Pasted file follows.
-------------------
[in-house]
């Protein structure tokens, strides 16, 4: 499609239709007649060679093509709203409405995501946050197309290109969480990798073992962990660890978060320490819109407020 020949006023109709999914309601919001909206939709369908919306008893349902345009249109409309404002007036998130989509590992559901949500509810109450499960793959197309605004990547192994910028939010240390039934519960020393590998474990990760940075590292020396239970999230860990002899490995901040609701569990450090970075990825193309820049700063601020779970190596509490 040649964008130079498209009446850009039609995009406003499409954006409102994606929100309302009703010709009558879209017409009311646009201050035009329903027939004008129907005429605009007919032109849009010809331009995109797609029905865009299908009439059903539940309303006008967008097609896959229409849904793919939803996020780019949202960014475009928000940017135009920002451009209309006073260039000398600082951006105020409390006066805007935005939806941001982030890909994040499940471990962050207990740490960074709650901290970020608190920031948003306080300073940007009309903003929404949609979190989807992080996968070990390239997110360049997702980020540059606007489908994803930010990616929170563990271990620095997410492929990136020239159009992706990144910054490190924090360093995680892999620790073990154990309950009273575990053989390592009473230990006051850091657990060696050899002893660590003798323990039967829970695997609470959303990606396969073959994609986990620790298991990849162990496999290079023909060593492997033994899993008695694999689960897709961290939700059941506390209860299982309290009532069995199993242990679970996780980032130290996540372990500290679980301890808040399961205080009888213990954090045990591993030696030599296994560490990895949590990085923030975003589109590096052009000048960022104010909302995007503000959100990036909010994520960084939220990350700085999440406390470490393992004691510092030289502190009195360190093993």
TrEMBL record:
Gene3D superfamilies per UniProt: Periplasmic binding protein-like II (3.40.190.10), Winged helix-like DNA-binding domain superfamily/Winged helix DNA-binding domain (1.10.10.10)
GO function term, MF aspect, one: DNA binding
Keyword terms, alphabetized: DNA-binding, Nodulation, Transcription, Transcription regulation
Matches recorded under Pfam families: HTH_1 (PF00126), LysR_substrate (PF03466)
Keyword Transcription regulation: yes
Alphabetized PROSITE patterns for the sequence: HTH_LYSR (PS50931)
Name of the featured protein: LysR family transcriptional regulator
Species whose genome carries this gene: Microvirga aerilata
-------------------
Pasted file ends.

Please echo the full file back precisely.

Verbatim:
[in-house]
């Protein structure tokens, strides 16, 4: 499609239709007649060679093509709203409405995501946050197309290109969480990798073992962990660890978060320490819109407020 020949006023109709999914309601919001909206939709369908919306008893349902345009249109409309404002007036998130989509590992559901949500509810109450499960793959197309605004990547192994910028939010240390039934519960020393590998474990990760940075590292020396239970999230860990002899490995901040609701569990450090970075990825193309820049700063601020779970190596509490 040649964008130079498209009446850009039609995009406003499409954006409102994606929100309302009703010709009558879209017409009311646009201050035009329903027939004008129907005429605009007919032109849009010809331009995109797609029905865009299908009439059903539940309303006008967008097609896959229409849904793919939803996020780019949202960014475009928000940017135009920002451009209309006073260039000398600082951006105020409390006066805007935005939806941001982030890909994040499940471990962050207990740490960074709650901290970020608190920031948003306080300073940007009309903003929404949609979190989807992080996968070990390239997110360049997702980020540059606007489908994803930010990616929170563990271990620095997410492929990136020239159009992706990144910054490190924090360093995680892999620790073990154990309950009273575990053989390592009473230990006051850091657990060696050899002893660590003798323990039967829970695997609470959303990606396969073959994609986990620790298991990849162990496999290079023909060593492997033994899993008695694999689960897709961290939700059941506390209860299982309290009532069995199993242990679970996780980032130290996540372990500290679980301890808040399961205080009888213990954090045990591993030696030599296994560490990895949590990085923030975003589109590096052009000048960022104010909302995007503000959100990036909010994520960084939220990350700085999440406390470490393992004691510092030289502190009195360190093993």
TrEMBL record:
Gene3D superfamilies per UniProt: Periplasmic binding protein-like II (3.40.190.10), Winged helix-like DNA-binding domain superfamily/Winged helix DNA-binding domain (1.10.10.10)
GO function term, MF aspect, one: DNA binding
Keyword terms, alphabetized: DNA-binding, Nodulation, Transcription, Transcription regulation
Matches recorded under Pfam families: HTH_1 (PF00126), LysR_substrate (PF03466)
Keyword Transcription regulation: yes
Alphabetized PROSITE patterns for the sequence: HTH_LYSR (PS50931)
Name of the featured protein: LysR family transcriptional regulator
Species whose genome carries this gene: Microvirga aerilata